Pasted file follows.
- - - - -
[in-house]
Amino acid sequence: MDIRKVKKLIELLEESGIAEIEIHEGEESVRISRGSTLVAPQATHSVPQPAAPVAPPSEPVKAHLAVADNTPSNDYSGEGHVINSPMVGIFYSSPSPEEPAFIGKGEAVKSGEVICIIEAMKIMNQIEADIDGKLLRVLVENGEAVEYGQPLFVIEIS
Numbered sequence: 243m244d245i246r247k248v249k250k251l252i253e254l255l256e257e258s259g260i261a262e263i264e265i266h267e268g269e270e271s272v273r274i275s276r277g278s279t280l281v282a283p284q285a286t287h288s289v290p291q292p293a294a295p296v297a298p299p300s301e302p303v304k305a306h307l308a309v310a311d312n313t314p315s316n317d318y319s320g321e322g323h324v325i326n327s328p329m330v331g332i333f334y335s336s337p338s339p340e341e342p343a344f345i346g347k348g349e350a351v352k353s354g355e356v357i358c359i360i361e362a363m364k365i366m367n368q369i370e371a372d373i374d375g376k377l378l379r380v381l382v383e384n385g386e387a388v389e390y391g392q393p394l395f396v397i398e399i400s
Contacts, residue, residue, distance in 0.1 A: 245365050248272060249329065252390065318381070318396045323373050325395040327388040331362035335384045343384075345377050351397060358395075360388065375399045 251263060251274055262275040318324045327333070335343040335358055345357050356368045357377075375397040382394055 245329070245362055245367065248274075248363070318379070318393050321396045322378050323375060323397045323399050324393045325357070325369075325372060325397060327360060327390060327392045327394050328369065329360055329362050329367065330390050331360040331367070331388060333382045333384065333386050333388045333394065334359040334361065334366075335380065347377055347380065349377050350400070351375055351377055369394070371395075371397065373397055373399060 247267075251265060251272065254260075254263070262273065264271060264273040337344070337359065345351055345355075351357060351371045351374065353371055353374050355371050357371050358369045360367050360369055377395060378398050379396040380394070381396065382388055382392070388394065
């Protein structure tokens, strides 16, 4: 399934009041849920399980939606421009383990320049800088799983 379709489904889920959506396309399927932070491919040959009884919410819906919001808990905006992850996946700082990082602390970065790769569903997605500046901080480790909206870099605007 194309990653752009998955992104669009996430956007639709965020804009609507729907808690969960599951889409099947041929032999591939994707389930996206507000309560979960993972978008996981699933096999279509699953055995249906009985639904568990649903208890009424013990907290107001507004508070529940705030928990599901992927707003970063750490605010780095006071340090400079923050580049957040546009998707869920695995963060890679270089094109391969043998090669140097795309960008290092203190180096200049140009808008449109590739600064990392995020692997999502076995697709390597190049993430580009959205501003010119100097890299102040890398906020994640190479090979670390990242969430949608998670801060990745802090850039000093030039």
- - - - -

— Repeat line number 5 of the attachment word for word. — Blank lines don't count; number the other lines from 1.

């Protein structure tokens, strides 16, 4: 399934009041849920399980939606421009383990320049800088799983 379709489904889920959506396309399927932070491919040959009884919410819906919001808990905006992850996946700082990082602390970065790769569903997605500046901080480790909206870099605007 194309990653752009998955992104669009996430956007639709965020804009609507729907808690969960599951889409099947041929032999591939994707389930996206507000309560979960993972978008996981699933096999279509699953055995249906009985639904568990649903208890009424013990907290107001507004508070529940705030928990599901992927707003970063750490605010780095006071340090400079923050580049957040546009998707869920695995963060890679270089094109391969043998090669140097795309960008290092203190180096200049140009808008449109590739600064990392995020692997999502076995697709390597190049993430580009959205501003010119100097890299102040890398906020994640190479090979670390990242969430949608998670801060990745802090850039000093030039």